- this means that the permeability of the drug will be lower as the drug is now less lipophilic
(however the drug is not designed for permeation with a low SA)
- the presence of food ENHANCES the dissolution and therefore the solubility:
1. slows the gastric emptying time, so that the drug stays in the stomach for longer, giving it more time to dissolve
2. presence of food stimulates the stomach to produce more acid, reducing the pH and increasing the ionisation

17

What are the generalisations of a weakly basic drug in the intestine?

- the weakly basic drug will be UNIONISED, and will therefore have low solubility in the intestine
- this means that the drug will be more lipophilic as it is uncharged, and has a higher permeability
- the intestine has a high SA and a good blood flow, which will set up sink conditions and therefore a concentration gradient for the drug to be absorbed

18

What varies blood flow?

- varies from person to person
- after a meal there is a higher blood flow
- if ill/resting/in shock there is a lower blood flow

19

What are the generalisations of a weakly acidic drug in the stomach?

- the weakly acidic drug will be UNIONISED, as there is a high concentration of protons in the stomach
- this means that the drug has low solubility but high permeability (however the stomach is not designed for permeation as it has a low SA)
- presence of food will NOT enhance solubility, and will only increase the retention time

20

What are the generalisations of a weakly acidic drug in the intestine?

- the weakly acidic drug will be IONISED, as there is an increase in the pH
- this means that the drug is less permeable, but increased solubility
- although less permeable, there will still be enough of the unionised form being absorbed in order to set up a concentration gradient

21

What is the pKa of a strong acid and strong base, and are they influenced by changes in the pH?

strong acid: < 2
strong base: > 11

they are UNLIKELY to be affected by changes in the pH as they will be ionised at most pH values

22

What is the pKa of a very weak acid and a very weak base, and are they influenced by changes in the pH?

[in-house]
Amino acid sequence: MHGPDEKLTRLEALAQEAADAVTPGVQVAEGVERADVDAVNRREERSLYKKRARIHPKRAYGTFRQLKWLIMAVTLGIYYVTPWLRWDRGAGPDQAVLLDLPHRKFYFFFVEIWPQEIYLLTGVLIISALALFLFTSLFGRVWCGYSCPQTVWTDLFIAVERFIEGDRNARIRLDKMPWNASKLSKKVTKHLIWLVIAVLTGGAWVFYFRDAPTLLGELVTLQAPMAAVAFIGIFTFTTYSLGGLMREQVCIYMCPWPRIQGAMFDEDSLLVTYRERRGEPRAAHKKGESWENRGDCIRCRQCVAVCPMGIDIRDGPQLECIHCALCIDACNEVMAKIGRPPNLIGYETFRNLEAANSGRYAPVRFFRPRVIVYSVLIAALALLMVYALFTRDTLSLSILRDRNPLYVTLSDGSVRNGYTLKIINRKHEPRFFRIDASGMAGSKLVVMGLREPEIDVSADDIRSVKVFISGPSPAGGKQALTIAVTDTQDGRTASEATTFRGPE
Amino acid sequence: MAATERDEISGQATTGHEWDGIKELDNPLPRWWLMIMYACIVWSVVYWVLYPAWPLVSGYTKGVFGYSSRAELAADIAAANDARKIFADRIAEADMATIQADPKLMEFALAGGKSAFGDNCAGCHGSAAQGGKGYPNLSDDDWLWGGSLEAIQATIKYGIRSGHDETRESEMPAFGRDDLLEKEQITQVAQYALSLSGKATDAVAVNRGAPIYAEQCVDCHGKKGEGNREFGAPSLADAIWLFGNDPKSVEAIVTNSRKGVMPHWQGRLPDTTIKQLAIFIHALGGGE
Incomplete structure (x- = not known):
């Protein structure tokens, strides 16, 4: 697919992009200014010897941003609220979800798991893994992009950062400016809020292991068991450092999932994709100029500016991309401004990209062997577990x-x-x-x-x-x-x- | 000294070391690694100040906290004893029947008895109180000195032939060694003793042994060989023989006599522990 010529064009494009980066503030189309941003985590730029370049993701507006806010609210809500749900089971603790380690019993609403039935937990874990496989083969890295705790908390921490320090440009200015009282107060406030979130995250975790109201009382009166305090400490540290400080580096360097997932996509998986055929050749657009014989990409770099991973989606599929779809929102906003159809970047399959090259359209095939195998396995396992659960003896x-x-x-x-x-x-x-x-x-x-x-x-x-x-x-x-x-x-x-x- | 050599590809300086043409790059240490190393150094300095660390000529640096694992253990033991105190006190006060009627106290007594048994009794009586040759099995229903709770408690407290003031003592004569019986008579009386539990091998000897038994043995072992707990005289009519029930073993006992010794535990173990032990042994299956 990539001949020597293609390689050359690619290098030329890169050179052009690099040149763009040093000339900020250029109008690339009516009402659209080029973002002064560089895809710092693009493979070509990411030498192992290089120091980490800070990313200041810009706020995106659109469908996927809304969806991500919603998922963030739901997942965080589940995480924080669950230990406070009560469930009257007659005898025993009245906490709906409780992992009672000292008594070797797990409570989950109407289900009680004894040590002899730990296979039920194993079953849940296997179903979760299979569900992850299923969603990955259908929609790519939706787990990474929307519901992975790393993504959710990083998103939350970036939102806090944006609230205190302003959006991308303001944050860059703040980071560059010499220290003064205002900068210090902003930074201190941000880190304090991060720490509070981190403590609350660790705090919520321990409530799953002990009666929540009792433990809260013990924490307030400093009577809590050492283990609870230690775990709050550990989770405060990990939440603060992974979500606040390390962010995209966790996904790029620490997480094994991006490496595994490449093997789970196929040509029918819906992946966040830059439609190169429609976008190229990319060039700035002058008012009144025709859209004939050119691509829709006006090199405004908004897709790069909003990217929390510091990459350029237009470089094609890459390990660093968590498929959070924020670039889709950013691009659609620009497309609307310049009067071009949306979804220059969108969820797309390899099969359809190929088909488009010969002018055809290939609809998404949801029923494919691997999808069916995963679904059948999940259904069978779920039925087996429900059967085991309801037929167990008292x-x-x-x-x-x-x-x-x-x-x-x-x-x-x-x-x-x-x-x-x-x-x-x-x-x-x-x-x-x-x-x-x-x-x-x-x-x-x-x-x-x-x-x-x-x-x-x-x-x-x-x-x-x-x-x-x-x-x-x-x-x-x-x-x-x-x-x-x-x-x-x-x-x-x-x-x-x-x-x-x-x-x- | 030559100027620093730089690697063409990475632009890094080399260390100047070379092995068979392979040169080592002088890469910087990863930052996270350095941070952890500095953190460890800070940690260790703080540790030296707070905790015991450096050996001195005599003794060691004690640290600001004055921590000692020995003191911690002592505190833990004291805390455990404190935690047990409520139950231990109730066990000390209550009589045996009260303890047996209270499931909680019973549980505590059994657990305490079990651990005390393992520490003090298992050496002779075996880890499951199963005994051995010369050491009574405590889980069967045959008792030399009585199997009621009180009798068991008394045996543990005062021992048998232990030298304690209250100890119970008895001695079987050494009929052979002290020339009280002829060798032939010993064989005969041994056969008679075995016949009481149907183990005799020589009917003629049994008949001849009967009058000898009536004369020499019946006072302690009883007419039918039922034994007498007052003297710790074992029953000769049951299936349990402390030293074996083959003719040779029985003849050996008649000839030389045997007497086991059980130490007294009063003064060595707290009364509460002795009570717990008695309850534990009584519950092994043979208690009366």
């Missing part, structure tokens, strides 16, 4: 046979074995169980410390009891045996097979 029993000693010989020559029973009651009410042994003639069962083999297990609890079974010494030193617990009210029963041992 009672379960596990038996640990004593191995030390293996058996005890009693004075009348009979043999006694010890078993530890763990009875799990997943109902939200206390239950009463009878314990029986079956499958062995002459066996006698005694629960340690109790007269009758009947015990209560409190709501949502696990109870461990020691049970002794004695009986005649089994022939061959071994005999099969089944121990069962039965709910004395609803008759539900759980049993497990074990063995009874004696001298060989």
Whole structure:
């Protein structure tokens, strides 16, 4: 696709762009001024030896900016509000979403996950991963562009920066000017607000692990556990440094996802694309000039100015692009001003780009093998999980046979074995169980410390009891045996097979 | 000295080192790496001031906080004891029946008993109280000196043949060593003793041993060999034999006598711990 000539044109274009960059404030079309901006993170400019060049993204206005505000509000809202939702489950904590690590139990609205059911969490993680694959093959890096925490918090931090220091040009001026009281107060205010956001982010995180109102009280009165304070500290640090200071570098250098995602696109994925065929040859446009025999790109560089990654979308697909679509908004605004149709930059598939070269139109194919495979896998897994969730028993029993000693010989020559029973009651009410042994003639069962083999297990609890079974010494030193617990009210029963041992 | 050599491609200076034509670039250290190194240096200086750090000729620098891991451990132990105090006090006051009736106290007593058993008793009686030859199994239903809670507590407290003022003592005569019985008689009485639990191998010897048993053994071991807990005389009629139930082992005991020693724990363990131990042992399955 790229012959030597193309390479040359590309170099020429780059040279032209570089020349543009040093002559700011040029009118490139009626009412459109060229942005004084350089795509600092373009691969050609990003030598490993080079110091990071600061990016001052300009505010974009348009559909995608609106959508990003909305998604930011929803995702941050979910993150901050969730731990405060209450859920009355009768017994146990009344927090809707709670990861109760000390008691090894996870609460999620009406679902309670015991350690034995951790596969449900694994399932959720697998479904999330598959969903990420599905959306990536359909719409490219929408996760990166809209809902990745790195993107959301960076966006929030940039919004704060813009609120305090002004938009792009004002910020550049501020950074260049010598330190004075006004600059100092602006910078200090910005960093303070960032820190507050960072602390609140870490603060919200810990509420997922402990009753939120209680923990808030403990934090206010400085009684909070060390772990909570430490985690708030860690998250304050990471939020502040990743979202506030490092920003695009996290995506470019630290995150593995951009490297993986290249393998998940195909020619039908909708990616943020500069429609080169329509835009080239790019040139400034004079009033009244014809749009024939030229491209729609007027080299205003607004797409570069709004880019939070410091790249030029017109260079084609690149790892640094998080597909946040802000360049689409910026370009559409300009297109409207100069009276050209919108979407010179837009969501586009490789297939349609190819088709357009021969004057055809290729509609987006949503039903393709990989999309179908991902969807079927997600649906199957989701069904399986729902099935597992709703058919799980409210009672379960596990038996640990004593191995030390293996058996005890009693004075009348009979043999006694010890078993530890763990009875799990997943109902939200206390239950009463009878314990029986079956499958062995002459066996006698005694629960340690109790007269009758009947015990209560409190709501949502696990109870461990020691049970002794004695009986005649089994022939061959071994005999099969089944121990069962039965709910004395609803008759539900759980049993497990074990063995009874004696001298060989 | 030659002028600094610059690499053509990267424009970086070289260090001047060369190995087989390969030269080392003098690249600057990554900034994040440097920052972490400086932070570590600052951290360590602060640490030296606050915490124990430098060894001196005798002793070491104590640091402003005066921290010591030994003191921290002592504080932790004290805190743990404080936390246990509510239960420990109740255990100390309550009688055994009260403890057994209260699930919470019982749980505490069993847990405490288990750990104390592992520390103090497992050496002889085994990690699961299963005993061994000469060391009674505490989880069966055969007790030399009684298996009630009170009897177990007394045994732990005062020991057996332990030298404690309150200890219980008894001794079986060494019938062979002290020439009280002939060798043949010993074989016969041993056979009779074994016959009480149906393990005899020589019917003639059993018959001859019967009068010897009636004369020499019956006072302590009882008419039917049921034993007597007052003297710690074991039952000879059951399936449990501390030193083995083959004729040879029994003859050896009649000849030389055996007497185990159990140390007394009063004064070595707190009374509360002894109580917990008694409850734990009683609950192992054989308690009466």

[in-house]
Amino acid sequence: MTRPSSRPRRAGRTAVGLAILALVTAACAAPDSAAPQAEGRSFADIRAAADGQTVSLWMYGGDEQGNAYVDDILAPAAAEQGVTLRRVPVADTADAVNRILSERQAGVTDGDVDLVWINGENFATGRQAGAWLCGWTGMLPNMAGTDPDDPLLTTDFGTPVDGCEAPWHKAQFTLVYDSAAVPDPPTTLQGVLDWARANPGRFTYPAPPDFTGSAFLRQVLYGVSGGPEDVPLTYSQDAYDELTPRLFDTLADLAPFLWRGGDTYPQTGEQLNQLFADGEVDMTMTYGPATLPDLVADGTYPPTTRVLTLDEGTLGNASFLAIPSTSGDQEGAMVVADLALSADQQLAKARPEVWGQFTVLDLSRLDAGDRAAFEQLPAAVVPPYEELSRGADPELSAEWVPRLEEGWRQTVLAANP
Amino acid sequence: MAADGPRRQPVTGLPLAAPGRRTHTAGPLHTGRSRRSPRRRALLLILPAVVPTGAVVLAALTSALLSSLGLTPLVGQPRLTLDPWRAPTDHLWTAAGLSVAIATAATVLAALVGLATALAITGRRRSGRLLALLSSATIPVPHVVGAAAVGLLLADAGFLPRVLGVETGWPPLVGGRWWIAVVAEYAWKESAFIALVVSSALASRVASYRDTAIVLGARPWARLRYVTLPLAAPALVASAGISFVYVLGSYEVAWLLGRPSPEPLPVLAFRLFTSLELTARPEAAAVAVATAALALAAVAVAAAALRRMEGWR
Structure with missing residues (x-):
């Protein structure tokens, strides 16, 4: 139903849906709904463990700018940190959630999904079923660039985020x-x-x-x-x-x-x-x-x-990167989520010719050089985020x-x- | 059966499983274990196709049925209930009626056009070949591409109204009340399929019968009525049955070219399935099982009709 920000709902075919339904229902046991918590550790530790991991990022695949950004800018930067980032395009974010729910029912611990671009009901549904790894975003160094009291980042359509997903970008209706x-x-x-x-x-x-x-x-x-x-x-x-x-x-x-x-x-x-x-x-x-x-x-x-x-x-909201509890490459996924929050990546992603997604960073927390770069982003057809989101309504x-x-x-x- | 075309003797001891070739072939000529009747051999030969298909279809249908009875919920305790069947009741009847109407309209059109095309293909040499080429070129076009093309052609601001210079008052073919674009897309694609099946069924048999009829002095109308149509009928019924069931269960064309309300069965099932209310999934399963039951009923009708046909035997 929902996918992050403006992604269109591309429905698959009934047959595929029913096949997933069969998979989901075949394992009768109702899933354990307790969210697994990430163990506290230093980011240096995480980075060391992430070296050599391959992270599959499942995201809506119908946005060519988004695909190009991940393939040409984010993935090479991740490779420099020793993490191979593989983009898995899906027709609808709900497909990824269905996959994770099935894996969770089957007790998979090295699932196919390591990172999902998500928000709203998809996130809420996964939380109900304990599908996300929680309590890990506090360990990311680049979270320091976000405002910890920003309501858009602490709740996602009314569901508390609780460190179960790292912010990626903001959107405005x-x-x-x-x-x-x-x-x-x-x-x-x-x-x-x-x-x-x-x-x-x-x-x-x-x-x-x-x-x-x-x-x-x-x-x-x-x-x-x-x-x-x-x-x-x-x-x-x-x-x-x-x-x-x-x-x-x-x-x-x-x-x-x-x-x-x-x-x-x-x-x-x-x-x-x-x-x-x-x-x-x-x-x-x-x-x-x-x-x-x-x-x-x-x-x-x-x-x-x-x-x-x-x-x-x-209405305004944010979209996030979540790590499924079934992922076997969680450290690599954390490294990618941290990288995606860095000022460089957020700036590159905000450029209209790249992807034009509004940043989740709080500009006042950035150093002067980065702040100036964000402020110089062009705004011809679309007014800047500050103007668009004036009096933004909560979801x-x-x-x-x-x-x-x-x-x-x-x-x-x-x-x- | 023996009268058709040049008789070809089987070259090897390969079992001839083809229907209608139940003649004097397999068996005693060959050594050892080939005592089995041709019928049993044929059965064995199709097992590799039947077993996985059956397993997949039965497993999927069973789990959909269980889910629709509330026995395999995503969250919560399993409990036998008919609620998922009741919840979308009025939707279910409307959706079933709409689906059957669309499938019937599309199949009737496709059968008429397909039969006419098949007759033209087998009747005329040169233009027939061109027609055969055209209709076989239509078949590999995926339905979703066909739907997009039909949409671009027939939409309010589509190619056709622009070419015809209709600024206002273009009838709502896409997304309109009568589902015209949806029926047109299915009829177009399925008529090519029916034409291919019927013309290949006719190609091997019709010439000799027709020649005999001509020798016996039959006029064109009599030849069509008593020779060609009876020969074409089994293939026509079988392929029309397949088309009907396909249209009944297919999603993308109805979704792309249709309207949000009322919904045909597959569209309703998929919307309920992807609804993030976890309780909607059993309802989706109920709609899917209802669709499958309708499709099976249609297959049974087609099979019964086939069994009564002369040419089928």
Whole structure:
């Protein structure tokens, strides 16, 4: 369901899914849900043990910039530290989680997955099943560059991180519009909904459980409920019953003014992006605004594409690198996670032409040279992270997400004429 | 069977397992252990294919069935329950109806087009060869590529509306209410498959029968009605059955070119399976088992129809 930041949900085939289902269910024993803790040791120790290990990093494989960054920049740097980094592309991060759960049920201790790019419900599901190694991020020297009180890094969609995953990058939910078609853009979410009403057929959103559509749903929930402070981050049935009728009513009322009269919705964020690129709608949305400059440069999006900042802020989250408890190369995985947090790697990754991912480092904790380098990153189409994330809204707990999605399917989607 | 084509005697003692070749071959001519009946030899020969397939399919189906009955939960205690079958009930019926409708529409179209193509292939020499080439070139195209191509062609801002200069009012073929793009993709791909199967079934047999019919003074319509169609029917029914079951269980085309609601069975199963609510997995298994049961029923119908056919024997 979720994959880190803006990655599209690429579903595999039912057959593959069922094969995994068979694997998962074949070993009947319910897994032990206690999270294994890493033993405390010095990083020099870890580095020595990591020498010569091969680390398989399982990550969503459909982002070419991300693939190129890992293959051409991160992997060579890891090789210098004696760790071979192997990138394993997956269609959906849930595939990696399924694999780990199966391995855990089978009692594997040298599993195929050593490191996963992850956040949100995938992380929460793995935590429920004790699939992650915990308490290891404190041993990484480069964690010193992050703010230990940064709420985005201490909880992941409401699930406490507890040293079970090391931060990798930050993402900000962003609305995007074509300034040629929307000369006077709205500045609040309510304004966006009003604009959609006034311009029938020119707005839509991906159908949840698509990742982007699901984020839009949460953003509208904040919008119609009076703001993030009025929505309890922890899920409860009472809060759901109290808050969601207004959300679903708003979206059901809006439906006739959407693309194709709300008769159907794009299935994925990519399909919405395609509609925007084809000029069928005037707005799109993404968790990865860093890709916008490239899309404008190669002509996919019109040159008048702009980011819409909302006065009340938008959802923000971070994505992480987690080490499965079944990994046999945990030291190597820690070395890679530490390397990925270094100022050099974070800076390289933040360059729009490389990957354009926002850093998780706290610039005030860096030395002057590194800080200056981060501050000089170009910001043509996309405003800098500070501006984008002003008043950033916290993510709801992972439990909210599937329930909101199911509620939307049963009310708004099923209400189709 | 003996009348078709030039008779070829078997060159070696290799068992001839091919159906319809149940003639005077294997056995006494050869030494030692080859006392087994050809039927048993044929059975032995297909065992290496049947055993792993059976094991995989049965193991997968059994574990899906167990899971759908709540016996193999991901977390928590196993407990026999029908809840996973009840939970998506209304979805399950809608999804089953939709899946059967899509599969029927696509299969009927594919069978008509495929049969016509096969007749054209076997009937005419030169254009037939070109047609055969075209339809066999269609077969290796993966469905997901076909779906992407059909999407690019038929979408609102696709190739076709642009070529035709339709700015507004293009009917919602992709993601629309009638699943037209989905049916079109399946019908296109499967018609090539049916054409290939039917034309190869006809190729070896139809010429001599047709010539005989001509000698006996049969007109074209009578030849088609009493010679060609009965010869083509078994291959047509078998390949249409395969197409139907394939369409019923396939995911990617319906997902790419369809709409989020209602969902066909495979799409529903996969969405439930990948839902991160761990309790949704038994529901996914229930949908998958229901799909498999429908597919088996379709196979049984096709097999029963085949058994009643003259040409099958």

very weak acid: > 8
very weak base: < 7

they are UNLIKELY to be affected by changes in the pH as they will be unionised at most pH values

23

What is the pKa of moderately weak acids and bases, and are they influenced by changes in the pH?

moderately weak acid: 2.5 - 7.5
moderately weak base: 7 - 10

these will be affected by changes in the pH

24

What is the effect of pH on ionisation, or pKa on moderately weak acids?

pH value of 2 ABOVE the pKa of an acid will mean that there will be 99% IONISED

pH value of 2 BELOW the pKa of an acid will mean that there will be 99% UNIONISED

25

What is the effect of pH on ionisation, or pKa on moderately weak bases?

pH value of 2 ABOVE the pKa of a base will mean that there will be 99% UNIONISED

pH value of 2 BELOW the pKa of a base will mean that there will.be 99% IONISED

26

What is the volume of fluid in the stomach when it is empty?

100mL

27

What is the BCS classifications?

1. High Solubility and High Permeability
2. Low Solubility and High Permeability
3. High Solubility and Low Permeability
4. Low Solubility and Low Permeability

28

What is a biowaiver?

where you don't need to submit bioavailability data to get product approval

29

What BCS classifications are eligible for a biowaiver?

- Class 1 - fewer of these compounds are being identfied
- Class 2 IF they are weak acids, and highly soluble at pH 6.8
- Class 3 IF they are rapidly dissolving

30

When is a drug considered to be highly soluble?

when the HIGHEST dose required dissolves in < 250mL of water over a pH range of 1 - 7.5